Colin Philips plays the Big Bopper with lots of pizzazz, doing a spot-on imitation of him on “Chantilly Lace.” He is obviously having a great time playing this iconic character, and it shows. Mr. Philips also fills in a couple of small roles throughout the show and makes them all unique. Jonathan Garcia’s portrayal of Ritchie Valens and his performance of “La Bamba” are also a highlight, and he gets to be energetic and cocky as the young Latino star.

As a quintet of singers at the famous Apollo Theatre, Tracy Pullen, Damond Cobin, Brandon Baker, and Anthony Holmes, led by Sandy Young as Marlena, bring down the house with their rendition of “Shout,” as well as depicting some of the racial tensions of the late 1950s when they discover Buddy Holly and the Crickets are white. Ms. Young is amazing as the lead for this group, and the harmonies backing her up are perfect. Sadly, these actors only appear here and at the end of the show as backup singers for Buddy Holly’s last concert, and they are sorely underutilized.

Sarah Garcia doesn’t enter the scene until the second act as Buddy’s love interest, Maria Elena. He is immediately smitten and manages to get her to go out with them upon their first meeting, and also to get her to agree to marry him on their first date. Ms. Garcia appears in only a few scenes, but they are extremely important to the telling of Buddy Holly’s story. That said, she, too, is underutilized in the show. This is a problem inherent with the script, not GCT’s production of it.

Theresa Clapper’s lighting was excellent, going from concerts to studios to living spaces with ease and making it all flow together, bringing director/set designer Dennis Canright’s vision to life nicely. Mr. Canright’s direction is enhanced by the simple yet functional set, which wisely used the theatre’s proscenium, apron, and grand curtain for the concert scenes.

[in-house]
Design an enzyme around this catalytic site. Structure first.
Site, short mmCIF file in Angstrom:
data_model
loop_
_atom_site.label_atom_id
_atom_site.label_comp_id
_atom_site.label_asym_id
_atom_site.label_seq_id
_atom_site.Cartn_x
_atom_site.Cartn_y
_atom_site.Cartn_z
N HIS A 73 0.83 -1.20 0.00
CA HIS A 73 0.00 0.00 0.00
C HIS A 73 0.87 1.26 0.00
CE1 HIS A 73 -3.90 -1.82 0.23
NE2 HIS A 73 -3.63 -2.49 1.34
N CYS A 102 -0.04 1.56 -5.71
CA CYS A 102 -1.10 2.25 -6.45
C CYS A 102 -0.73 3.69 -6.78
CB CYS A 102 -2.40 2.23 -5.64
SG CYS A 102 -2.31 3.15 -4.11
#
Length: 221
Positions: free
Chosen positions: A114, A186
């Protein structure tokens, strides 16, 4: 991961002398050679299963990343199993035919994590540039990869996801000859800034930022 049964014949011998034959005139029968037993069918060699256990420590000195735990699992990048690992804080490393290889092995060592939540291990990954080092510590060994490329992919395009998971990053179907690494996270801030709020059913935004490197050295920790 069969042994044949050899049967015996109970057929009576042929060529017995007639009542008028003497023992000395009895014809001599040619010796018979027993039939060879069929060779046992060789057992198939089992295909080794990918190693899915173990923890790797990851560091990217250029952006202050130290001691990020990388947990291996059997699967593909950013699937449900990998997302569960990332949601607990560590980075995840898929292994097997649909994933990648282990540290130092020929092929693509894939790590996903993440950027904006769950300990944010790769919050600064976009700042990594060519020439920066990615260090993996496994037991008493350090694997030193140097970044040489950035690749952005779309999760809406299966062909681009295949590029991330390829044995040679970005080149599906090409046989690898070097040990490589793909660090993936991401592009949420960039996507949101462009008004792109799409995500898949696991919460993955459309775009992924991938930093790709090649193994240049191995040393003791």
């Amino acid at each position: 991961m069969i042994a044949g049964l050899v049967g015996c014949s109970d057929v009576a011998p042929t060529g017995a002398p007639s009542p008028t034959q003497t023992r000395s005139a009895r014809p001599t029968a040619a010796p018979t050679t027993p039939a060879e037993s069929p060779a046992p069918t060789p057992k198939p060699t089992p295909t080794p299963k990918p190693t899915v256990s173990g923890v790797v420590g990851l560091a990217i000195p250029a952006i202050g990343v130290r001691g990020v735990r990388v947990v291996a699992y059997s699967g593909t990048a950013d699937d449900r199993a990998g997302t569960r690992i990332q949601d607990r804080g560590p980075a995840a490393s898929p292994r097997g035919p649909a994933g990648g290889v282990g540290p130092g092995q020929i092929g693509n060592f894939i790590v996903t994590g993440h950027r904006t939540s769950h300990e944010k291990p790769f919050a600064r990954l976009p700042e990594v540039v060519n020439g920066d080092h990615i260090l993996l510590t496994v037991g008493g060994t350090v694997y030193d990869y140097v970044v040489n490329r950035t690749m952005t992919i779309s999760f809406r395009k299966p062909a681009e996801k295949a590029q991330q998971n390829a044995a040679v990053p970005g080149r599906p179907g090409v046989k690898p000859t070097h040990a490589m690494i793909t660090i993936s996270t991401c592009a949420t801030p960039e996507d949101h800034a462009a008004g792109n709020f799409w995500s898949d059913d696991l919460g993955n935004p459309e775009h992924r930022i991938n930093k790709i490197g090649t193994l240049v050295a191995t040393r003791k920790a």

Jenny Dunne, Wesley Irvan, and Mr. Canright fill out the rest of the cast, playing multiple small roles and providing backup vocals. Ms. Dunne has a charming moment as a singing beauty queen, as well as getting to slap Jerry for using the same line Buddy used on Maria to get her to go out with him. Mr. Canright’s Murrey is a showy concert MC, while Mr. Irvan plays radio announcers, engineers, and even, briefly, Tommy Allsup, who loses a coin toss to Ritchie Valens for his spot on the doomed plane later that night.

The majority of the second half of Buddy – The Buddy Holly Story is a concert - the last at which Buddy Holly, the Big Bopper, and Ritchie Valens performed, in Clear Lake, Iowa. Soon afterwards, they boarded a small airplane that crashed, killing them all along with their pilot. All three of these talented performers were in the early stages of their musical careers, and I was surprised to learn that Buddy Holly had only been on the charts for about 18 months. He provided inspiration to everyone from Bob Dylan to the Beatles to Mick Jagger and was gone far too soon.

While the script for Buddy – The Buddy Holly Story is problematic and uneven, the show itself is nothing short of pure entertainment. The packed house at Garland Civic Theatre seemed to thoroughly enjoy it, and GCT even had a lovely opening night reception with hors d’oeuvres and cake following the show.

This crowd-pleaser will sell out, so plan to see Buddy – The Buddy Holly Story early in the run so you don’t risk missing out. Ian Mead Moore truly BECOMES Buddy Holly, and his performance alone is a tour de force.


Garland Civic Theatre
Granville Arts Center, Small Theatre
300 N. Fifth Street
Garland, TX 75040

Runs through February 10

Fridays and Saturday at 8:00 pm and Sunday at 2:30 pm)

Tickets are $18.00 (group and student rush tickets are available)

For information and to purchase tickets, go to or, or call the box office at 972-205-2790.